- Grove City, Pennsylvania


January 27, 2012

Support grows banning cell phone while driving

As of Jan. 2, it is illegal for commercial truck drivers to use hand-held cell phones on the nation's highways.

A new federal rule bans the practice. Truckers will be able to use a hands-free device or pull over to make calls. But they face penalties for employing traditional cell phones while behind the wheel.

The purpose of this new rule is simple: safety. Studies of cell phone use while driving confirm what more than a few casual observers have noticed -- driving with one hand, while focusing on a conversation coming out of a tiny device in your other, is distracting.

And distractions while driving cause motor vehicle accidents. In fact, some studies equate the level of distraction from cell phone use to be on par with low levels of intoxication.

This is precisely why the National Transportation Safety Board recently called for states to ban cell phones while driving, including the use of hands-free devices.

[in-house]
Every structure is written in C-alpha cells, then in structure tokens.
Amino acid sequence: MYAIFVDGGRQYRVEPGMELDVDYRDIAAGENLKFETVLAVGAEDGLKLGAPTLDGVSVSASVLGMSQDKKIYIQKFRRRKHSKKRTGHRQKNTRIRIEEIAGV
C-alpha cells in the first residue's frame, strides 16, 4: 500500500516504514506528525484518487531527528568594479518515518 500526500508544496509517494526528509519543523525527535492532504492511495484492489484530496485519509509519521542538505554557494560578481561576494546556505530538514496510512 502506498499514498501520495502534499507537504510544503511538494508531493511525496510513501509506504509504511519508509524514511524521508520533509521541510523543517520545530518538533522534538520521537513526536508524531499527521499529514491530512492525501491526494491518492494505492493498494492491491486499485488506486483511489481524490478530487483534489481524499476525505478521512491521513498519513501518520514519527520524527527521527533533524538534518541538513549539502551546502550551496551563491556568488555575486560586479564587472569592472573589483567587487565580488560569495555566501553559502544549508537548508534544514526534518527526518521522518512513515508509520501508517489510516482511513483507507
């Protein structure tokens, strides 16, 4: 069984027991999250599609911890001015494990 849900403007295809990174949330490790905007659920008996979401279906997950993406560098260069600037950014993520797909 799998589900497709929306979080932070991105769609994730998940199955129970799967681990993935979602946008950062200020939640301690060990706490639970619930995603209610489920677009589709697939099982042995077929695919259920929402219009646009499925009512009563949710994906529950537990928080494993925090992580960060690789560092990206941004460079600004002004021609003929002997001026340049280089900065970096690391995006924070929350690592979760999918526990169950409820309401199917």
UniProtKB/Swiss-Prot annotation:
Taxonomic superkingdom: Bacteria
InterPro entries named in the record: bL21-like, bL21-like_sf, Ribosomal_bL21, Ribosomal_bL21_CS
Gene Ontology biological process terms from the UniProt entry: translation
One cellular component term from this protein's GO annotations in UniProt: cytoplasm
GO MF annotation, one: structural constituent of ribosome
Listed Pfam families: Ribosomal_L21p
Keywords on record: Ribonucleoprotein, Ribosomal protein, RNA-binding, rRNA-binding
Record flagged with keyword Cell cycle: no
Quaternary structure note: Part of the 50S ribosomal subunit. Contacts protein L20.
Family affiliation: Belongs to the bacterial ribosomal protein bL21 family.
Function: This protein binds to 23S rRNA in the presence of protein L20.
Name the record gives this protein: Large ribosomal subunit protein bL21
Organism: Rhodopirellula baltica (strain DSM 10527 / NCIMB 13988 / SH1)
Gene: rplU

Currently, some states do that, but across the nation there is a mish-mash of laws that offer varying levels of concern.

Actually, the practical effectiveness of enforcement is one of the biggest arguments against laws seeking to ban cell phones while driving.

Too many people view this as an acceptable practice, and at this point, a ban might be compared to efforts to outlaw the consumption of alcohol during Prohibition.

Without reasonable public support, a law has little chance of being properly enforced. Still, we back legislative calls to ban cell phone use by motorists.

The dangers of using a cell phone while driving are obvious, even if many people view it as harmless.

We suppose that motorists who drink and drive make similar assessments of their capacities behind the wheel. But society as a whole has taken a stand. The same should apply with cell phone use while driving.

Unfortunately, a law alone will not lead to safer highways. People have to obey that law, and recognize it's on the books for their own long-term good.

Just as drunk driving continues to be a problem, we expect the same with cell phone use while driving whenever the practice is banned. But that's no excuse for refusing to set standards.

The New Castle News

Published Jan. 11, 2012, in Allied News. Pick up a copy at 201 A Erie St., Grove City.


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